Today’s Senate vote failed to earn the 60 required votes needed to pass, 54 in favor and 46 against.
The measure — painstakingly crafted by the bipartisan duo of Sens. Joe Manchin (D-W.Va.) and Pat Toomey (R-Pa.) — was seen as the key to passing the first legislation in decades to address the sorts of mass slaughters that so recently horrified the country in Newtown, Conn., where 20 children and six educators were gunned down at an elementary school, and in Auroro, Colo., where 12 people were killed in a theater.
The Washington Post’s Aaron Blake on the President Obama’s reaction:
“Instead of supporting this compromise, the gun lobby and their allies willfully lied about this bill,” Obama said. ”They claimed this bill would create a federal gun registry. … Unfortunately this pattern of untruths about this legislation served its purpose.”
Jonathan Bernstein says in the Washington Post that the push is not yet done:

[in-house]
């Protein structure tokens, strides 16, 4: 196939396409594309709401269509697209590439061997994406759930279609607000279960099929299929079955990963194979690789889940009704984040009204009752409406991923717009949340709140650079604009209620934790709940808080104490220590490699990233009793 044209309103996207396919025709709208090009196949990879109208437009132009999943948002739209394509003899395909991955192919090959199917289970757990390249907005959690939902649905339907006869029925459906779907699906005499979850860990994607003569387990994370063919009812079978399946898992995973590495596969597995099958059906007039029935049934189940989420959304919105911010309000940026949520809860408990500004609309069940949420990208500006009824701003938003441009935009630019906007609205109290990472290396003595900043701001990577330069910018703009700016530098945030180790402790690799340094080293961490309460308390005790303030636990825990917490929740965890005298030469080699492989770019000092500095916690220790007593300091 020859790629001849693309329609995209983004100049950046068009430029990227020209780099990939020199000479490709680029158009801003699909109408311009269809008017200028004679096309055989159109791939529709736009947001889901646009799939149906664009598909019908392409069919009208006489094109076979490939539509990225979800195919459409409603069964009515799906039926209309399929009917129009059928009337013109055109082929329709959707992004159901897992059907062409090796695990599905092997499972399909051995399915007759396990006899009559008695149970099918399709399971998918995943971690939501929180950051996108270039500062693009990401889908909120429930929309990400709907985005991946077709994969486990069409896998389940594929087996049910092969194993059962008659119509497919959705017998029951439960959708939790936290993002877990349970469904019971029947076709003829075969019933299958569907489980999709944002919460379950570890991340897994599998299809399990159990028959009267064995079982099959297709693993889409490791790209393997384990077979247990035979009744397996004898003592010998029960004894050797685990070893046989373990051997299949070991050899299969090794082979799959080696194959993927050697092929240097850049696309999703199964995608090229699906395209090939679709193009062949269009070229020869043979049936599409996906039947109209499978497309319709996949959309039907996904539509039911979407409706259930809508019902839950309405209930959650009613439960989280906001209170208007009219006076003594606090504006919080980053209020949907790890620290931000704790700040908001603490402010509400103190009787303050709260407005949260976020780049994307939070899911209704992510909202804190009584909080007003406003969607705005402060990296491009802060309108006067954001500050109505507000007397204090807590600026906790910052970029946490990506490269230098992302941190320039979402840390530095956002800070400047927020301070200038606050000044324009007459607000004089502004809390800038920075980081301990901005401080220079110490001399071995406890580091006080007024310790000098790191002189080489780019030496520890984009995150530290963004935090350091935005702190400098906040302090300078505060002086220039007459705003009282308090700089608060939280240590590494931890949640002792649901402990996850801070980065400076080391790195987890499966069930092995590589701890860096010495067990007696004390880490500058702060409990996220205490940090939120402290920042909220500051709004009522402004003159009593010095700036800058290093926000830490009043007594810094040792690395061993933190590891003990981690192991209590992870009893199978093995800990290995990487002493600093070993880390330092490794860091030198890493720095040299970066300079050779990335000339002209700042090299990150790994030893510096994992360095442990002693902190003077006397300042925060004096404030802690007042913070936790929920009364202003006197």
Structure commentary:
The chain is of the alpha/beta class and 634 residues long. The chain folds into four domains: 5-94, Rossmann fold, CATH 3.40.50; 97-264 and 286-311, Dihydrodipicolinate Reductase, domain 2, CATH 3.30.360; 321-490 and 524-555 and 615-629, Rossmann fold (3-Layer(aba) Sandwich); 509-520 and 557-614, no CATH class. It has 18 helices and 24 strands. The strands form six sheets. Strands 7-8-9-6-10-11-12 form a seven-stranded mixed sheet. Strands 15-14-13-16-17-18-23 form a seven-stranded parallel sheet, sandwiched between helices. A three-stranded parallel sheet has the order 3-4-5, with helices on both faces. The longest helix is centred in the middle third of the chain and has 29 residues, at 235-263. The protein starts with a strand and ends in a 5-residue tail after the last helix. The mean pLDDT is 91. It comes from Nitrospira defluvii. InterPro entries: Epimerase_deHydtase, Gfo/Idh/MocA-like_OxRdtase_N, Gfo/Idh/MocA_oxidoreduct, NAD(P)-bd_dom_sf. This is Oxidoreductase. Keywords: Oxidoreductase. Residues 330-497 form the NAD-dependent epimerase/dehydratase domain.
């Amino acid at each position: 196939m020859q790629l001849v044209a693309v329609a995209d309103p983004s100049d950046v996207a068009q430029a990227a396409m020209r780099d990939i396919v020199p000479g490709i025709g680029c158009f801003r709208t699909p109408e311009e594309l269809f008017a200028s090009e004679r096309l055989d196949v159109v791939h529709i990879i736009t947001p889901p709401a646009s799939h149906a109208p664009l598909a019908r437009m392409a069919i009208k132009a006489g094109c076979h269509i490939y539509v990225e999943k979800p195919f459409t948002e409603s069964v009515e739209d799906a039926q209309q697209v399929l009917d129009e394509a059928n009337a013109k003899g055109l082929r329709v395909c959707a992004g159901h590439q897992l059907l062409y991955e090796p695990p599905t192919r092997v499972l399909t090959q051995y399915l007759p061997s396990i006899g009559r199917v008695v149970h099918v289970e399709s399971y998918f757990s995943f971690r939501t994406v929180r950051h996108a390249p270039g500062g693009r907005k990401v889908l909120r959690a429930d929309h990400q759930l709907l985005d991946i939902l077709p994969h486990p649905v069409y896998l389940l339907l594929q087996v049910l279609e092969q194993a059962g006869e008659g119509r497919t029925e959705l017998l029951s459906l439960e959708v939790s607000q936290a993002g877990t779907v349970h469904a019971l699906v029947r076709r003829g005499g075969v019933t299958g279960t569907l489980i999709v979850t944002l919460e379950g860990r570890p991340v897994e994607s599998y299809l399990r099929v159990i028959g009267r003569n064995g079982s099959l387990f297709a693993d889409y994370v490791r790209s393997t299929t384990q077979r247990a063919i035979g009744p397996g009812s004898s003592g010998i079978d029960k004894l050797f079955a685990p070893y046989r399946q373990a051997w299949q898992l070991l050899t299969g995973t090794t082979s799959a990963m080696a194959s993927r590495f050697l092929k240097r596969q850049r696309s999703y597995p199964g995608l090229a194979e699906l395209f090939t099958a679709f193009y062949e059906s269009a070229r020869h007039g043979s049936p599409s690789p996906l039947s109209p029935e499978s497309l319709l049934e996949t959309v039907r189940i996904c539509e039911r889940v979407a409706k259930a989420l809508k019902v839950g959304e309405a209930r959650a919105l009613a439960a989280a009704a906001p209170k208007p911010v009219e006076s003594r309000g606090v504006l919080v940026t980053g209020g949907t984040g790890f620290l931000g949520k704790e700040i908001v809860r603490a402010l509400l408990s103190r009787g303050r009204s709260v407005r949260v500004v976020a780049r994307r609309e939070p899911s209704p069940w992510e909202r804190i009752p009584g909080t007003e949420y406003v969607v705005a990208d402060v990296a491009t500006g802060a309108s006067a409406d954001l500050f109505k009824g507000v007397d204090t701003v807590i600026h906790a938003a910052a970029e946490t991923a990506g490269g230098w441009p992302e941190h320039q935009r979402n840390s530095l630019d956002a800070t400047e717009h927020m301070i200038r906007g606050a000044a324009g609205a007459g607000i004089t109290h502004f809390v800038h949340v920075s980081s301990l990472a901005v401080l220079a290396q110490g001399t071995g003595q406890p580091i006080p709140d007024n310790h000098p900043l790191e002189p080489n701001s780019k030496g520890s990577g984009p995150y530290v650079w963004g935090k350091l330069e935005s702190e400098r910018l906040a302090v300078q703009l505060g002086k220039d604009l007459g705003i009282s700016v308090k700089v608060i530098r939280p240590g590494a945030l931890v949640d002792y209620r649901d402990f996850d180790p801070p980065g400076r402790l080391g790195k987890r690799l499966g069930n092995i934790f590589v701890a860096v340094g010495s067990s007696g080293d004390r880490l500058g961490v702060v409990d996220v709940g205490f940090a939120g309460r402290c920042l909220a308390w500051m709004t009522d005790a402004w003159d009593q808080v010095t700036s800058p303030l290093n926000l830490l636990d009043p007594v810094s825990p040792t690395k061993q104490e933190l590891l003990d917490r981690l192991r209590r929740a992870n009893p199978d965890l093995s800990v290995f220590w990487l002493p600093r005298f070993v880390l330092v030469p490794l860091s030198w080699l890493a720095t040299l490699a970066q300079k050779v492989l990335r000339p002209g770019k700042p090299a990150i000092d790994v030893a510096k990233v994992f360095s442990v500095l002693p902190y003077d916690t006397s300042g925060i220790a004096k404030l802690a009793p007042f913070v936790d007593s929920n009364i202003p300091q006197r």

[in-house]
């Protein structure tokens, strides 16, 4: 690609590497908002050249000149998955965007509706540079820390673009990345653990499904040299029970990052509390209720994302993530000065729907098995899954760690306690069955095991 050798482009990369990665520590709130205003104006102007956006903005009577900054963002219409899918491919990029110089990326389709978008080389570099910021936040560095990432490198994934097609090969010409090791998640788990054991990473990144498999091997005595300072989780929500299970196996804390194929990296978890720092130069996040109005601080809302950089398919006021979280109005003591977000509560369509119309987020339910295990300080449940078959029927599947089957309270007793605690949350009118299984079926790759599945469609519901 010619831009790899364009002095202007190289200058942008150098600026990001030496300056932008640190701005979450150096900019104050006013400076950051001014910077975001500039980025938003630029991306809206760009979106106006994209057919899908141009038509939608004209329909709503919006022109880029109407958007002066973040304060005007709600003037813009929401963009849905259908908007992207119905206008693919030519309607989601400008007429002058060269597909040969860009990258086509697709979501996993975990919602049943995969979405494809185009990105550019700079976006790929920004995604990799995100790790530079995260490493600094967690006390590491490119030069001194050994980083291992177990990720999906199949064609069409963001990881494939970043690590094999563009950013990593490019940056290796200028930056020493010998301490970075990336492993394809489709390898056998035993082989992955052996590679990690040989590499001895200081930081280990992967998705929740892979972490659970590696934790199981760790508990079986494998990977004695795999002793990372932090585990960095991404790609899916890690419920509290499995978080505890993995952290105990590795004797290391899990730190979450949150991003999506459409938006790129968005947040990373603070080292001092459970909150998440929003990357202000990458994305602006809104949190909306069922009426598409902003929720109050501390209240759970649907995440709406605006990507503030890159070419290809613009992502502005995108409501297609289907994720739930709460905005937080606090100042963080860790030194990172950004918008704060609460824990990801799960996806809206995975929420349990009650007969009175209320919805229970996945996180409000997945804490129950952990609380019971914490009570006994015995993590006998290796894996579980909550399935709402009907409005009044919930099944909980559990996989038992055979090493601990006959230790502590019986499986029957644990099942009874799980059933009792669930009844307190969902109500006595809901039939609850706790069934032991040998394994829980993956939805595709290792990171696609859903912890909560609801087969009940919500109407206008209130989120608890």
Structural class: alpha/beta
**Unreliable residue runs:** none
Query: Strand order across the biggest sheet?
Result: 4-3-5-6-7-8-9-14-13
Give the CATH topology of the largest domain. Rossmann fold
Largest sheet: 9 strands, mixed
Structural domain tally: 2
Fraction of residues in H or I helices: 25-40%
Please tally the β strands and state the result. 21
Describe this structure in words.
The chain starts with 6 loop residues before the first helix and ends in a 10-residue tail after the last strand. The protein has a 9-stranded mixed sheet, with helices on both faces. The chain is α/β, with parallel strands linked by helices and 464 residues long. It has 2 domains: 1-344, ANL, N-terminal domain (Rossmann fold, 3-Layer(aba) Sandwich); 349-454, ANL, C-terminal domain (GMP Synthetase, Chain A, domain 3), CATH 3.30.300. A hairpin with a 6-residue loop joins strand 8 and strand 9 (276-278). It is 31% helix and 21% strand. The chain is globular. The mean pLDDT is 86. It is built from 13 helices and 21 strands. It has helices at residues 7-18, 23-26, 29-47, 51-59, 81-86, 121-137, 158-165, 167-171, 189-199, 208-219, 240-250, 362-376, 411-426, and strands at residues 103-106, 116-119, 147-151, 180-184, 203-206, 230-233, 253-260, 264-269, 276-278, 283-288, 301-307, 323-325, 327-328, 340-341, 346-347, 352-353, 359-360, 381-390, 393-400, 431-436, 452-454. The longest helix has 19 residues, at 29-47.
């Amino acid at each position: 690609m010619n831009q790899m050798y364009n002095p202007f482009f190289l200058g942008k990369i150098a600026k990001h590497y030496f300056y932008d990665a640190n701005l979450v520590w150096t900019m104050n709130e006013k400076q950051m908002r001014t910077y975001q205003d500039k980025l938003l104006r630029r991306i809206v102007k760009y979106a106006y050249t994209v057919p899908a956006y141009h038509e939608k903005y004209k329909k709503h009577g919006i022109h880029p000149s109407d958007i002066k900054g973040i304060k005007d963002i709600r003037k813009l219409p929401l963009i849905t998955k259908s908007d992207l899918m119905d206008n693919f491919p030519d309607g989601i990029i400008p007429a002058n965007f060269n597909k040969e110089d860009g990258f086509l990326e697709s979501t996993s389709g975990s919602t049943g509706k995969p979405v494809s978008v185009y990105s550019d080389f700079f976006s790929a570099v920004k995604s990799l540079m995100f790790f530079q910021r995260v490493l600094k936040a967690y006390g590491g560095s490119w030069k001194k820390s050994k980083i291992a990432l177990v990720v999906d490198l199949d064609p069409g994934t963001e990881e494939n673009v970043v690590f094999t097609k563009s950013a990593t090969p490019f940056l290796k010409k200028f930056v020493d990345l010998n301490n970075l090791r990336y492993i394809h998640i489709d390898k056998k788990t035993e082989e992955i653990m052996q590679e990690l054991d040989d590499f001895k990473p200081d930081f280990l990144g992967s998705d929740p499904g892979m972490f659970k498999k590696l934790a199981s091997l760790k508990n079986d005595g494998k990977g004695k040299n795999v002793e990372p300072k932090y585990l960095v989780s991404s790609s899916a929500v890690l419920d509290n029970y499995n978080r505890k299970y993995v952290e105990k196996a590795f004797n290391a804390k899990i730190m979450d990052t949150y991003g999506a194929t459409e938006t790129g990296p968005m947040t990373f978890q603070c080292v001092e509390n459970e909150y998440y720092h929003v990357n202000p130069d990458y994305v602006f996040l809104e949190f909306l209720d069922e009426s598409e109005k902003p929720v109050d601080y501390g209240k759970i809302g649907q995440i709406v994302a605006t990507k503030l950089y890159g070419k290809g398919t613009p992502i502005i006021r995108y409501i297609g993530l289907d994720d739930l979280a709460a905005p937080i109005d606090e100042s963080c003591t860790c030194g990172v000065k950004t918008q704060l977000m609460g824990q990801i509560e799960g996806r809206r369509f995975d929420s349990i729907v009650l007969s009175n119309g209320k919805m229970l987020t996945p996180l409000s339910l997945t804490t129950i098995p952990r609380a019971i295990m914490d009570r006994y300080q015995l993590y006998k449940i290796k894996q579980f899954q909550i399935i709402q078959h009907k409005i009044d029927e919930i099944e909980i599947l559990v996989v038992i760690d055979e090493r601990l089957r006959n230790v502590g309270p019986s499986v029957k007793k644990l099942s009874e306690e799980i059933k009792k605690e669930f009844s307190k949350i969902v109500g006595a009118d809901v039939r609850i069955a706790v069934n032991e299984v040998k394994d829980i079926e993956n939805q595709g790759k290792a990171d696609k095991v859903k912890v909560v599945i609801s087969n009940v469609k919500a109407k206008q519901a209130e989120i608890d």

It may sound trite to say it, but it really does come down to whether those who really care about it can sustain their effort over time, build support, and be ready with consensus legislation when the time comes. That wasn’t the case this time, as we found out this week. But as brutal as today was those who care about gun violence, the overall process can still be a step forward — if people keep working at it.
Twitter is ablaze with reaction:
Former congresswoman Gabrielle Giffords ?tweeted @GabbyGiffords:
Senate ignored will of the people & rejected background checks. Im not giving up. Constituents will know they obeyed gun lobby and not them.
W/90% support, it’s absurd that we were unable to summon the political will to pass universal background checks. The Senate truly is broken.
And Episcopal priest Laura Toepfer ?@HeyToepfer
They sang a love song when marriage equality passed in NZ. What song should we sing to mark amendments failed in Senate?